Saturday, March 12, 2005



By Bob Garon
TODAY Newspaper
Saturday, March 12, 2005 1:04 AM


What does it take to become a self-actualizing person? One who can function at a higher level than the average person?

Abraham Maslow, one of my favorite thinkers, was a psychologist who specialized in studying successful, healthy people. He wanted to know what made them tick and spent much of his life looking into what it was in them that made them rise above the crowd.

Maslow came up with two main criteria to describe these extraordinary people: (1) they had to be free from neurosis or major problems, and (2) they must have made the best possible use of their talents and strengths. He studied personalities like Abraham Lincoln, Eleanor Roosevelt and Albert Einstein, and called them self-actualizing persons. Eastwood Atwater summarized Maslow’s findings this way:

“When compared to the average person, self-actualizing people tend to exhibit the following traits or characteristics: more adequate perception of reality; greater acceptance of themselves and others; greater spontaneity and naturalness; more focused on problems outside themselves; need for privacy and solitude; high degree of autonomy or independence; greater freshness of appreciation of the basic things in everyday life; more frequent peak or mystic experiences (though not necessarily in a religious way); increased kinships with a few friends or loved ones; democratic personality; highly developed sense of right and wrong; healthy, unhostile sense of the human; highly creative (though not necessarily in the arts); and a resistance to conformity.”

Quite a list, yet this is what makes self-actualizing persons so extraordinary.

I am sure that you saw reflections of yourself when you went through Maslow’s description of self-actualizing persons. This is because all of us have potential for becoming better than what we are at the moment.

We can never exhaust our potential to become all that we can be. This is why some of the world’s greatest thinkers and doers reached their peak later in life.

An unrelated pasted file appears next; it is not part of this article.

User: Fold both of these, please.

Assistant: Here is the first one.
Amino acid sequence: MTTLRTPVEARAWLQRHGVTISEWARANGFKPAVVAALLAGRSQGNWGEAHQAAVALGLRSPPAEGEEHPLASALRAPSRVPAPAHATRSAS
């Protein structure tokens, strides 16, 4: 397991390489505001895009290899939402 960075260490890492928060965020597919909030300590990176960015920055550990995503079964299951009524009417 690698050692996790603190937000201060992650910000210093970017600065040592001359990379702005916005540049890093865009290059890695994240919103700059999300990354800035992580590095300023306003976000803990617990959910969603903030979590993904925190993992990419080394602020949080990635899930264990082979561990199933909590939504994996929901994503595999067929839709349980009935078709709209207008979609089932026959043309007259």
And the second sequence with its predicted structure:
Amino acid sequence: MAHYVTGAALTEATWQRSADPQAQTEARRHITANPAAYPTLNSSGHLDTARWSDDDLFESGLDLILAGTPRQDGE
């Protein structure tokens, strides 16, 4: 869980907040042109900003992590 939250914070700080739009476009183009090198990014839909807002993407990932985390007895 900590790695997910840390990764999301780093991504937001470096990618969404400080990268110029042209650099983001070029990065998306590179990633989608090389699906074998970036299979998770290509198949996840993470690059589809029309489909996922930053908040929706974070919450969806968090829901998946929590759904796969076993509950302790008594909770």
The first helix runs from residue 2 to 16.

Self-actualized persons are not immune to pain, frustration, disappointment and failure. They are very ordinary in this respect. Their uniqueness lies in their ability to go beyond these things and grow in spite of it all.

Maslow had some suggestions on how to become a self-actualized person. In his last book before he died, he wrote:

“Experience life fully, be alive and absorbed with what you are doing at the moment. Learn to trust your own judgment and feelings in making life choices. Be honest with yourself and take responsibility for what you do. Whenever possible choose growth rather than safety or security. Recognize your defenses and illusions and then work to give them up. Even though peak experiences are transient, keep the inspiration of these moments of self-actualization alive in your everyday thoughts and actions.

“Remember that self-actualization is a continual process: it is never fully achieved. Commit yourself to concerns and causes outside yourself, since self-actualization comes more as a by-product of developing your full capacities than the egocentric pursuit of growth itself.”


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